By Barney Blakeney
North Charleston Police Department is conducting an online survey to help assess its effectiveness and community relations. Not everyone welcomes the effort, but some say a little honey is better than none at all.
North Charleston police are among the most criticized in the region. The 2015 police shooting death of Walter Scott epitomized criticism the department’s officers discriminate against Blacks, sometimes with deadly force. And in a July 14 press release the NAACP’s Legal Defense and Educational fund, Inc. Senior Communications Associate David Jacobs reported African Americans filed nearly twice as many complaints as their White counterparts, but that complaints filed by African Americans were sustained only 31 percent of the time as opposed to complaints filed by Whites, which were sustained 50 percent of the time.
Since Scott’s death, citizens have called for a federal review of the department. The U.S. Department of Justice’s Office of Community Oriented Policing Services (COPS) conducted a year-long assessment of the department although citizens wanted a review that would mandate reforms. Last year COPS announced it would not provide a report of its assessment.
In the interim, North Charleston officials created a citizens advisory commission on community and police relations. Members of the commission will perform several functions including reviewing police policies, traffic stops and internal investigations data, hearing residents’ complaints and helping to recruit new officers. City council members unanimously approved the proposal. But despite its range, some in North Charleston feel the commission’s powers don’t reach far enough.
North Charleston Branch NAACP President Ed Bryant said the new survey also doesn’t reach far enough and the department still hasn’t implemented any reforms, he said. “I think this is just a front,” he said.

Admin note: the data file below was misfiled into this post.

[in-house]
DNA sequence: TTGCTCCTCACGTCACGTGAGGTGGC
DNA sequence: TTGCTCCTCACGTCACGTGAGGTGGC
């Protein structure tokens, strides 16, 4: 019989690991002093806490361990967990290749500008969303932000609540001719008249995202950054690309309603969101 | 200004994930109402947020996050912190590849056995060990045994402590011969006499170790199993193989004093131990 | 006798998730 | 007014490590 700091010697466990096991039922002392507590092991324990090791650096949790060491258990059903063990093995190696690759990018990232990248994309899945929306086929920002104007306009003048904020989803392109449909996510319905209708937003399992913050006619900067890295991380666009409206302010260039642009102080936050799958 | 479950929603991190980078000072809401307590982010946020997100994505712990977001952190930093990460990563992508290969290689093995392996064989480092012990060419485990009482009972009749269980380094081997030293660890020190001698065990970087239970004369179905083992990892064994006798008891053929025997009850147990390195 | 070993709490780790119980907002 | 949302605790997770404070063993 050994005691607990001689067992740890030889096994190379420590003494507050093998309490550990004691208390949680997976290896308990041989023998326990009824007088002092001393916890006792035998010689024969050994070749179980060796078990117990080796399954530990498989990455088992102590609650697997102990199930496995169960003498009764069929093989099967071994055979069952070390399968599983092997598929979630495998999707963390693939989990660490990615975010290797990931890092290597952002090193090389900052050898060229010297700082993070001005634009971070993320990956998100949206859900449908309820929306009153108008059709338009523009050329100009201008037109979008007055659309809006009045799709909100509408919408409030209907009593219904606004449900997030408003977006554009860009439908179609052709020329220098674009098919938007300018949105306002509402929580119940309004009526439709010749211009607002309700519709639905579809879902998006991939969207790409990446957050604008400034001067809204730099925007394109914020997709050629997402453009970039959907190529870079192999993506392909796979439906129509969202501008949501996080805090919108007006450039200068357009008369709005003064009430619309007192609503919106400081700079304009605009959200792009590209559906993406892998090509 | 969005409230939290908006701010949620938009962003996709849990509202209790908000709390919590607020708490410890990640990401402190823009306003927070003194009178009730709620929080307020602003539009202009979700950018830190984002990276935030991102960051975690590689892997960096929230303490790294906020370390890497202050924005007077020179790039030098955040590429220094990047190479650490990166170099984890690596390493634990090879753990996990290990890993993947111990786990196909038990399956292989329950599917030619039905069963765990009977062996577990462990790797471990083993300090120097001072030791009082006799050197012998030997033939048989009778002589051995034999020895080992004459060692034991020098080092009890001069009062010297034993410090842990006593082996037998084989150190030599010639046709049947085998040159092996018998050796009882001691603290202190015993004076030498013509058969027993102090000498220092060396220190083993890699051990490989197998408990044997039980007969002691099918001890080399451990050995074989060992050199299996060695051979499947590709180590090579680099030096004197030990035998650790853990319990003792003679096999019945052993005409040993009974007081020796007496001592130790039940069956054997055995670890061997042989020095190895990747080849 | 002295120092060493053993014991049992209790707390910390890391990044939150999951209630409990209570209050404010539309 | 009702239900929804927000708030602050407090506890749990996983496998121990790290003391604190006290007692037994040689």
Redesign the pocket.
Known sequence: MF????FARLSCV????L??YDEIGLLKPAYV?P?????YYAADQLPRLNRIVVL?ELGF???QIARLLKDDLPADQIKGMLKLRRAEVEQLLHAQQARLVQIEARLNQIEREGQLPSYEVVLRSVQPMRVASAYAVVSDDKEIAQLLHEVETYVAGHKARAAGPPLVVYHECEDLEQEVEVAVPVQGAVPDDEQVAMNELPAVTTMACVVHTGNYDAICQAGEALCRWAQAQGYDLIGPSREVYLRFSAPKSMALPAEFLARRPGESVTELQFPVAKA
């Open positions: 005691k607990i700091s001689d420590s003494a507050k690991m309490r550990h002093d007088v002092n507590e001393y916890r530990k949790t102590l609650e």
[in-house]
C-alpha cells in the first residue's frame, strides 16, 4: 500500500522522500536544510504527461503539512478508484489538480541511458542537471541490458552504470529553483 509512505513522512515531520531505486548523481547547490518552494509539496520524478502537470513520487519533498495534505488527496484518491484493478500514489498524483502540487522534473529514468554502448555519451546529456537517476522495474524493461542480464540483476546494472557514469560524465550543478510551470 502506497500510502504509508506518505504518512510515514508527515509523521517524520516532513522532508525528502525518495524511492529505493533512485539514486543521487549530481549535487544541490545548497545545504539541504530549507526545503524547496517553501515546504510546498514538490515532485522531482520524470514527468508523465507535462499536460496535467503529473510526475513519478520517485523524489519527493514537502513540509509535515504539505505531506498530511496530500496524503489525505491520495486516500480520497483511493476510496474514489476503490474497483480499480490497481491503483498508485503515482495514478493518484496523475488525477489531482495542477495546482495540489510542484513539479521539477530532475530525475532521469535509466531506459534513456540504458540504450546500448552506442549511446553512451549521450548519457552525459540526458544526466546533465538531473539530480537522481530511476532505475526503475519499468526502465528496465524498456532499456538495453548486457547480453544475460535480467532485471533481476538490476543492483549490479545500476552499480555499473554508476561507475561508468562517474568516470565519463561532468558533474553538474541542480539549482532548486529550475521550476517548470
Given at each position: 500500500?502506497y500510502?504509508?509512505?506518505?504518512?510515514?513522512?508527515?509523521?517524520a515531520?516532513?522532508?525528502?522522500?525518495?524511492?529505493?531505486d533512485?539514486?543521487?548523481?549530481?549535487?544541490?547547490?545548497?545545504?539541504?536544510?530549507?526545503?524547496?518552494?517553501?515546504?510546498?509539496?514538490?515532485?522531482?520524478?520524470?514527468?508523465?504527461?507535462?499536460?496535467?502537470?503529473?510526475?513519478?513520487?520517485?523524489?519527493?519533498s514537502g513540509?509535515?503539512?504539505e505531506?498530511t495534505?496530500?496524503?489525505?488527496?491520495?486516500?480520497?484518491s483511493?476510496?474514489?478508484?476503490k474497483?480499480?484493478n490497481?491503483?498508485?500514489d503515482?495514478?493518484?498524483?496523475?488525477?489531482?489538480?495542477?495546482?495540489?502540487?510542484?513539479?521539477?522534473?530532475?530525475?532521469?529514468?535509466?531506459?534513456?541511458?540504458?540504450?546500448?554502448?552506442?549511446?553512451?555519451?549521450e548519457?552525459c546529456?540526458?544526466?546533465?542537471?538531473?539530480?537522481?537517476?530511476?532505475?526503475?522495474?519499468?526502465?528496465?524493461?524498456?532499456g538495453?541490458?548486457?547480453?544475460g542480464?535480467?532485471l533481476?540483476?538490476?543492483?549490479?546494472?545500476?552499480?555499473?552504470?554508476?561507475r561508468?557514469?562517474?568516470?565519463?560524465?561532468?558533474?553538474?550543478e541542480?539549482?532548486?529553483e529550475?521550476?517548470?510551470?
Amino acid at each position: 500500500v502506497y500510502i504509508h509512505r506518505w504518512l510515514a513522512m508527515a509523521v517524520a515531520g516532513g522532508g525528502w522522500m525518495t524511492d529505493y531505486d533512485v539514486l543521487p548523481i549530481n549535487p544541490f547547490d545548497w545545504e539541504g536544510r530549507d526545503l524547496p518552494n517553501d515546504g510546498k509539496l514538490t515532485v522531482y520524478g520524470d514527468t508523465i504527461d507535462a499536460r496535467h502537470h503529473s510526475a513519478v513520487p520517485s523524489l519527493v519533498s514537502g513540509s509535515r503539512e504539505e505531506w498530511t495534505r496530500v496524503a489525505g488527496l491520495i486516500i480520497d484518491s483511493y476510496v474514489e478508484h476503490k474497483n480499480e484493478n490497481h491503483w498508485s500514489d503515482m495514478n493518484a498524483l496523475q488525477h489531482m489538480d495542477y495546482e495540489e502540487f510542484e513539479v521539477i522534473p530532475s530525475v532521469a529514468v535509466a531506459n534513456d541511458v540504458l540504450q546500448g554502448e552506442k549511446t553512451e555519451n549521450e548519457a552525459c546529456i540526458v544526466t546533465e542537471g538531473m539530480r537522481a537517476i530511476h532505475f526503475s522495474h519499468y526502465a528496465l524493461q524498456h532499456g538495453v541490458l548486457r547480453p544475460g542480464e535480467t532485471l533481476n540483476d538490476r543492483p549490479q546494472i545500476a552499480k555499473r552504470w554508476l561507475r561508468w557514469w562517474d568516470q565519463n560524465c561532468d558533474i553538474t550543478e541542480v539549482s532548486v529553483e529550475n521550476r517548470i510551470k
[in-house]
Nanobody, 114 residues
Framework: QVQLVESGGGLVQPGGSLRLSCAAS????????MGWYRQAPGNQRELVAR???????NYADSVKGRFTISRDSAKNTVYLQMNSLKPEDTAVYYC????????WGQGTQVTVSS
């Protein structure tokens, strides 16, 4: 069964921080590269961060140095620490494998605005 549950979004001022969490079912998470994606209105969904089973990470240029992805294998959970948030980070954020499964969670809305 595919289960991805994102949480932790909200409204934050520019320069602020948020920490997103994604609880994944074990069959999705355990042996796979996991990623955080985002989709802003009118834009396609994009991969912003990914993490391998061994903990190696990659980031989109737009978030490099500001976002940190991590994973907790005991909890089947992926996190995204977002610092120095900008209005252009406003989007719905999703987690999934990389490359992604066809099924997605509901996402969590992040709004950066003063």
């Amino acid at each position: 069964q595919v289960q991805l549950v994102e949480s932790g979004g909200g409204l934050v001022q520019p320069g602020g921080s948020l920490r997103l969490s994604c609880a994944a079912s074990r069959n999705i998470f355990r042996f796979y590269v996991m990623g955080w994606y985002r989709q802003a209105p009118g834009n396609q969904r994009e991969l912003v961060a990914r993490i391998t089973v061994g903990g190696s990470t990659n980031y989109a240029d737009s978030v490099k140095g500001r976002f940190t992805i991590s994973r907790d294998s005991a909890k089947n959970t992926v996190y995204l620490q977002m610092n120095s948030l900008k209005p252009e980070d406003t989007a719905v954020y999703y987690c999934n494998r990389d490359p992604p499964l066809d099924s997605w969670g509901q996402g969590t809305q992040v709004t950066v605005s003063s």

According to North Charleston officials, the survey is being conducted by the Police Foundation, a nonprofit, non-member organization dedicated to improving policing. The survey has been prepared by researchers across the nation. It is entirely independent and supported and funded by the National Institute of Justice of the U.S. Department of Justice. The purpose is to better understand the work of police officers and to identify opportunities to improve their profession.
North Charleston City councilwoman Virginia Jamison said, “I applaud the appointment of our new police chief, Chief Reggie Burgess. I am asking each community to support these new initiatives. I did not answer the survey, but I did read each section. It had good questions and it allowed citizens to express themselves. I immediately asked that the survey be made available in a hard copy so that we can get input from a larger population. Any steps made in our community/police agenda, are good steps. I am also hoping that our Citizen Advisory Commission on Community-Police Relations would also get this survey out to the communities.”